Neglect. If nursing home staff fail to care for a resident in order to avoid harm and pain, or fail to react to a situation which may be harmful to the resident, the nursing home may be liable for neglect. For example, ignoring a resident's call bell or cry for help, or leaving the resident unattended in the bathroom, may be considered neglect. Other examples of neglect include:

  • Failure to provide food and water, which can lead to malnutrition and dehydration
  • Failure to provide adequate assistance with body positioning, which can lead to contractures
  • Lack of assistance participating in activities, which can lead to depression
  • Failure to assist with personal hygiene, which can lead to infection
  • Failure to provide adequate medical care, which can lead to illness
  • Failure to protect from safety hazards, which can lead to injury

Signs of neglect include malnutrition, dehydration, disheveled appearance, inadequate hygiene (e.g., nails, teeth), appearance and/or smell of urine or feces on the resident or in the bathroom, bedsores, unexplained weight loss, injuries from rough handling or falls due to lack of attention.

Financial Abuse. Financial abuse, also called misappropriation of funds, involves the illegal or unauthorized taking or using of an elder's funds, property or assets. For example, if a nursing home charges false or inflated fees for nursing home care, it may be considered abuse. Other examples of financial abuse include:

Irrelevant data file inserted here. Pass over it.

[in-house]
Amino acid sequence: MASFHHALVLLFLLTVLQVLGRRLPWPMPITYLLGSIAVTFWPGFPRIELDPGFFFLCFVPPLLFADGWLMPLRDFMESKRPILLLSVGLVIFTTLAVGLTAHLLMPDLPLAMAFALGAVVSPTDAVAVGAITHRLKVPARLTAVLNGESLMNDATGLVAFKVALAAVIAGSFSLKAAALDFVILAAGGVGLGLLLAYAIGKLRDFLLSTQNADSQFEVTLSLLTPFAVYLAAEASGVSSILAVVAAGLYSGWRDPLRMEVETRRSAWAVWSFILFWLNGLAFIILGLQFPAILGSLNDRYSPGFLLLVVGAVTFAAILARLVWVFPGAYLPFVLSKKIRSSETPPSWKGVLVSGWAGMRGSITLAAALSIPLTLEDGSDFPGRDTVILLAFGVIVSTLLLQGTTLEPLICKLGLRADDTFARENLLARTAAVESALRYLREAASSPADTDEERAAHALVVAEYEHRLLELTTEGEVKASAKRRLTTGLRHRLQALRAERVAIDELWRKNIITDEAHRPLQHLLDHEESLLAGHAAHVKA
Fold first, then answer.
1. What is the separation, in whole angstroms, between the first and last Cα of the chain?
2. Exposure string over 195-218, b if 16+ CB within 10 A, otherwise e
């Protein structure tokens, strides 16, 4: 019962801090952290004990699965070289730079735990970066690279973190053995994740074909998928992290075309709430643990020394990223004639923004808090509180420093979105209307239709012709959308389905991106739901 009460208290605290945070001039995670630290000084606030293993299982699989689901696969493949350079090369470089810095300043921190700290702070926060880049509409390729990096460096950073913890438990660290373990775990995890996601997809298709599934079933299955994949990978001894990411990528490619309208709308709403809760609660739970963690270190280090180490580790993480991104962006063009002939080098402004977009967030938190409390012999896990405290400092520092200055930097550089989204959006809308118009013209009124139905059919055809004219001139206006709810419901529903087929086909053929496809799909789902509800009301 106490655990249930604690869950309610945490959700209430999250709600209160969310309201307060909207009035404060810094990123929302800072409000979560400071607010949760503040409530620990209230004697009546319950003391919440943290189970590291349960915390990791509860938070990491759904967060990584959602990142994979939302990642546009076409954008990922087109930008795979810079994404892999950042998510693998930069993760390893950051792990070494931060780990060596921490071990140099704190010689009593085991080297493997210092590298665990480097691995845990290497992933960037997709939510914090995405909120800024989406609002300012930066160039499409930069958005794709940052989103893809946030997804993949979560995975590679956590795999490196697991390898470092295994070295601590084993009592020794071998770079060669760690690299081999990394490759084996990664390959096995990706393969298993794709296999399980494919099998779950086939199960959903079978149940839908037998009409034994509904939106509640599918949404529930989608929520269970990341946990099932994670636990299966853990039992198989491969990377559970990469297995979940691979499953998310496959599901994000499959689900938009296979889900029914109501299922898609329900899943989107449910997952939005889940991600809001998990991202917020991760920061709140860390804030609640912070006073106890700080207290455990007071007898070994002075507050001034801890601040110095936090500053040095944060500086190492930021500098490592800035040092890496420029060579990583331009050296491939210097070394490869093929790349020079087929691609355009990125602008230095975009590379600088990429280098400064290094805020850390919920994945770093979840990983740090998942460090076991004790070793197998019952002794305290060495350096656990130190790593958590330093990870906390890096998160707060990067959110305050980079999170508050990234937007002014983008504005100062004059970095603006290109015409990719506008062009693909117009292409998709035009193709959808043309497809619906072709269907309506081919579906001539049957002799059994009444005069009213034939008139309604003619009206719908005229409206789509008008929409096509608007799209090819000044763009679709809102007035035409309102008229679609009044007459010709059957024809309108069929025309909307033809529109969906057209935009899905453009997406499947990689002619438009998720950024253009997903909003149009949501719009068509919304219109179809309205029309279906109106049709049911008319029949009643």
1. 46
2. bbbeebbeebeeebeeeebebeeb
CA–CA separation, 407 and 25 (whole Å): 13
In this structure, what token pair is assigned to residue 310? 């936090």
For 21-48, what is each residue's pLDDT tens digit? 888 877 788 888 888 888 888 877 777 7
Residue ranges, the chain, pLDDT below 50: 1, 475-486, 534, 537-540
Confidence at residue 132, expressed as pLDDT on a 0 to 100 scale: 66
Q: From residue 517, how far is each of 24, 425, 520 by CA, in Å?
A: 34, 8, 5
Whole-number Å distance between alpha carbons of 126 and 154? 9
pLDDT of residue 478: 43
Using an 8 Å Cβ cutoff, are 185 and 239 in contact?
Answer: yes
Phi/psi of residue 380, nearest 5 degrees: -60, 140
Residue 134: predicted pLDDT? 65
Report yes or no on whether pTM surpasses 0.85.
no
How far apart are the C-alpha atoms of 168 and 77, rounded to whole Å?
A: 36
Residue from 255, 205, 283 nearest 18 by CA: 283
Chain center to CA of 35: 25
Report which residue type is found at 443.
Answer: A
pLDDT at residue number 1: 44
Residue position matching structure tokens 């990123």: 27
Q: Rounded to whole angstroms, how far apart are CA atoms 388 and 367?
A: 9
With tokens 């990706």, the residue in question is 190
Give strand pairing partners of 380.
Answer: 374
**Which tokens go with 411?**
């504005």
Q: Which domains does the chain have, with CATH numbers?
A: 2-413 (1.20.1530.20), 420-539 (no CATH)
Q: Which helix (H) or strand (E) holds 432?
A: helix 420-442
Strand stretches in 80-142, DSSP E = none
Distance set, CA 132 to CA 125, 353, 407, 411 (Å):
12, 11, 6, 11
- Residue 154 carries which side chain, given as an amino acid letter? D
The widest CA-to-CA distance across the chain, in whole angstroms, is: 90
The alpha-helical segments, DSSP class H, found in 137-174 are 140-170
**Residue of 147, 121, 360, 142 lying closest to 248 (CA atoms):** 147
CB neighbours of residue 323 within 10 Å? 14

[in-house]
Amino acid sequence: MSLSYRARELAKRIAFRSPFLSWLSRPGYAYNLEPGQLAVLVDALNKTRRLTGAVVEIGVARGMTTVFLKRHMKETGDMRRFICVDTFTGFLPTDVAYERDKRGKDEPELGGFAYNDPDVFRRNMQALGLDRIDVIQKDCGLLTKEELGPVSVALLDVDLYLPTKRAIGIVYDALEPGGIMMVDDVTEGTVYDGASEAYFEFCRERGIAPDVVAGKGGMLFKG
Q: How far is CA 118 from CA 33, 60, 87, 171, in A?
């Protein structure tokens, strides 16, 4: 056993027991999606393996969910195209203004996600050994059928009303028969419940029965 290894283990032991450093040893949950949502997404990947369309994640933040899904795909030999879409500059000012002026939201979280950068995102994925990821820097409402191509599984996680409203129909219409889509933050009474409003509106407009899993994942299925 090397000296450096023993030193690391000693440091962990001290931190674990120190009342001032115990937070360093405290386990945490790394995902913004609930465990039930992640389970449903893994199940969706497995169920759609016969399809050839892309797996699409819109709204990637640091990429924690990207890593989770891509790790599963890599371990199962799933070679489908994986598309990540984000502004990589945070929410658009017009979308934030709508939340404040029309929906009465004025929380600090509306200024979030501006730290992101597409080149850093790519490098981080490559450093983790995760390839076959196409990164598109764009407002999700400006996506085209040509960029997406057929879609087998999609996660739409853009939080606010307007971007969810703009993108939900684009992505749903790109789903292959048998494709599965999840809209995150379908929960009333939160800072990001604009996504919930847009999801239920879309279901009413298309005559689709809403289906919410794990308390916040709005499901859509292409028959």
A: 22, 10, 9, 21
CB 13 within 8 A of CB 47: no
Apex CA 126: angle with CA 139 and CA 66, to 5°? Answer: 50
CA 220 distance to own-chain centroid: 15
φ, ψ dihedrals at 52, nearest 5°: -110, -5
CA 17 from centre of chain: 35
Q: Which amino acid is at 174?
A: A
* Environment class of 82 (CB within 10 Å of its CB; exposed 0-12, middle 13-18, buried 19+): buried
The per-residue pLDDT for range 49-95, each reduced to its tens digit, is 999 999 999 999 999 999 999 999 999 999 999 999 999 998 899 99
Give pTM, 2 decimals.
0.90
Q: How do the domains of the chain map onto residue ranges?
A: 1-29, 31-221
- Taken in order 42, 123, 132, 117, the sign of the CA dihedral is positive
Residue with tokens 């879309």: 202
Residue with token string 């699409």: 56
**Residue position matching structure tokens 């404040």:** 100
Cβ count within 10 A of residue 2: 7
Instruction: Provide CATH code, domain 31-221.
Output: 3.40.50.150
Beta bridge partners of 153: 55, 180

• Forgery
  • Identity theft
  • Unauthorized check cashing
  • Theft of money or property
  • Coercing an elder into changing their will
  • Deceiving a resident into investing in a scam

Unusual bank account activity, recent changes to wills and other instruments, missing legal and financial documents, lost possessions, and new friends are possible indicators of financial abuse.

Contact a Nursing Home Abuse Attorney

If you suspect abuse, speak to an attorney as soon as possible so that your rights are preserved. An attorney can help stop the abuse, recover money or property that has been lost or stolen, and file a nursing home abuse lawsuit seeking compensation from the facility for the victim's injuries.

Did You Know?

Recent studies indicate approximately 800,000 preventable drug-related injuries occur each year in long-term care settings.

Source: Institute of Medicine of the National Academies


According to a recent report from the Centers for Disease Control (CDC), about 159,000 U.S. nursing home residents (11%) had pressure ulcers.